Yesterdish’s Pickled Watermelon Rind

If you’ve never heard of them, you’re confused. If you have, you’re hungry.

If you’ve ever been to a real Southern barbecue, you’ll notice a few things on that picnic table that Southerners view as their own. Among those items: sweet tea, buttermilk biscuits, corn pudding, mustard greens, sweet potato pie, and if you’re lucky, watermelon pickles–that is, pickled watermelon rind.

But to the extent pickled watermelon rind is treated as a child of the South, it’s an adopted child. By way of Massachusetts.

Crisp, sweet, and tart, with a pickle-like crunch.

Maybe I should back up.

Watermelons are thought to have originated in the southern part of the African continent around 4,000 B.C. By 3,000 B.C. they were being harvested in Ancient Egypt; Watermelon seeds were found in King Tutankhamun’s tomb, and he died in 1323 B.C.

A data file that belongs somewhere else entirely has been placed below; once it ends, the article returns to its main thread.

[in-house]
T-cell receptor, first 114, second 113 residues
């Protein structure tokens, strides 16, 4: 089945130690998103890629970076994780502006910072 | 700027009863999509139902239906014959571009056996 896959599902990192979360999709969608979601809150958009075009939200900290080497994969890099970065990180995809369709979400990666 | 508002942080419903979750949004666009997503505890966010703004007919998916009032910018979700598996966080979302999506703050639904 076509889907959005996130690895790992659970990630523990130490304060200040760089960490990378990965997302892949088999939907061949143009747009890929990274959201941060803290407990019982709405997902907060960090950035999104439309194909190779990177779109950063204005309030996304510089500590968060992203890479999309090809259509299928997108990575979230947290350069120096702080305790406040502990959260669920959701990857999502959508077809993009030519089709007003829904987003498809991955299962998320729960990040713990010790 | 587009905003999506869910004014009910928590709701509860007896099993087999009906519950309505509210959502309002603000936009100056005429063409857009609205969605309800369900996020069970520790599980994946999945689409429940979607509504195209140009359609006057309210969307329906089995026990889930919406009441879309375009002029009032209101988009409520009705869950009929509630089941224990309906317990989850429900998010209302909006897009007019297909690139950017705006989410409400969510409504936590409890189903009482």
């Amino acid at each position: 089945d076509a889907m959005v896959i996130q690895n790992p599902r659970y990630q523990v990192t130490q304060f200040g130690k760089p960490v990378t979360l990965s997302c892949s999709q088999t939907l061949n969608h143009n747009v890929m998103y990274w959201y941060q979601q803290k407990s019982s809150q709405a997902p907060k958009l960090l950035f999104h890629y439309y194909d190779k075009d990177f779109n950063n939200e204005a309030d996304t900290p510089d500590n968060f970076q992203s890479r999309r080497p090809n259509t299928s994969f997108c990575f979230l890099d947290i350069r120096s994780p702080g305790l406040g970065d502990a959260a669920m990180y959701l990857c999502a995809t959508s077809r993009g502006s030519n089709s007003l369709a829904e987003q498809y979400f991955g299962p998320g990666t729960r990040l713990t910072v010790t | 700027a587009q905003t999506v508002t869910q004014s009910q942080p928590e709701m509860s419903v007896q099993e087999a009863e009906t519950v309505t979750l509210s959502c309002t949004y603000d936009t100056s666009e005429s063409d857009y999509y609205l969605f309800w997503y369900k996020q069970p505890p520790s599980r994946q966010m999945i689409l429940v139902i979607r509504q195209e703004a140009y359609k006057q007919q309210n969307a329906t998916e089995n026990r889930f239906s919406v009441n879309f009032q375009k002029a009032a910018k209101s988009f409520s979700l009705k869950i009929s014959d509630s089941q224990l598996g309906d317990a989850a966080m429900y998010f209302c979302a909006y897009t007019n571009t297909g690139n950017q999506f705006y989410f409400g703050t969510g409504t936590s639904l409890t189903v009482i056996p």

Through trade, diaspora and conquest, watermelons made their way to China in the 10th century and Europe in the 13th century. In the 16th century, French explorers introduced watermelon seeds to the midwest and along the Mississippi river, while Spanish explorers brought them to Florida. By the 17th century, watermelons were being cultivated in Massachusetts.

(Some people like to theorize that enslaved people from Africa introduced watermelon to the continent. Apart from having no basis in reality whatsoever for that assertion, it requires us to assume that Europeans forgot they had watermelons for 300 years before coming to the country, and then ignore that the first mention of watermelon in Massachusetts predates the first enslaved people arriving by over a decade. Or, to look at it from a more practical standpoint, I think the historians who theorize this provenance have grossly overestimated the generosity of the carry-on baggage policies of your average 17th-century Dutch slave galleon.)

The first American cookbook, published in 1796, included a recipe for watermelon pickles. From Amelia Simmons’ American Cookery (though the image below is from the 1798 edition):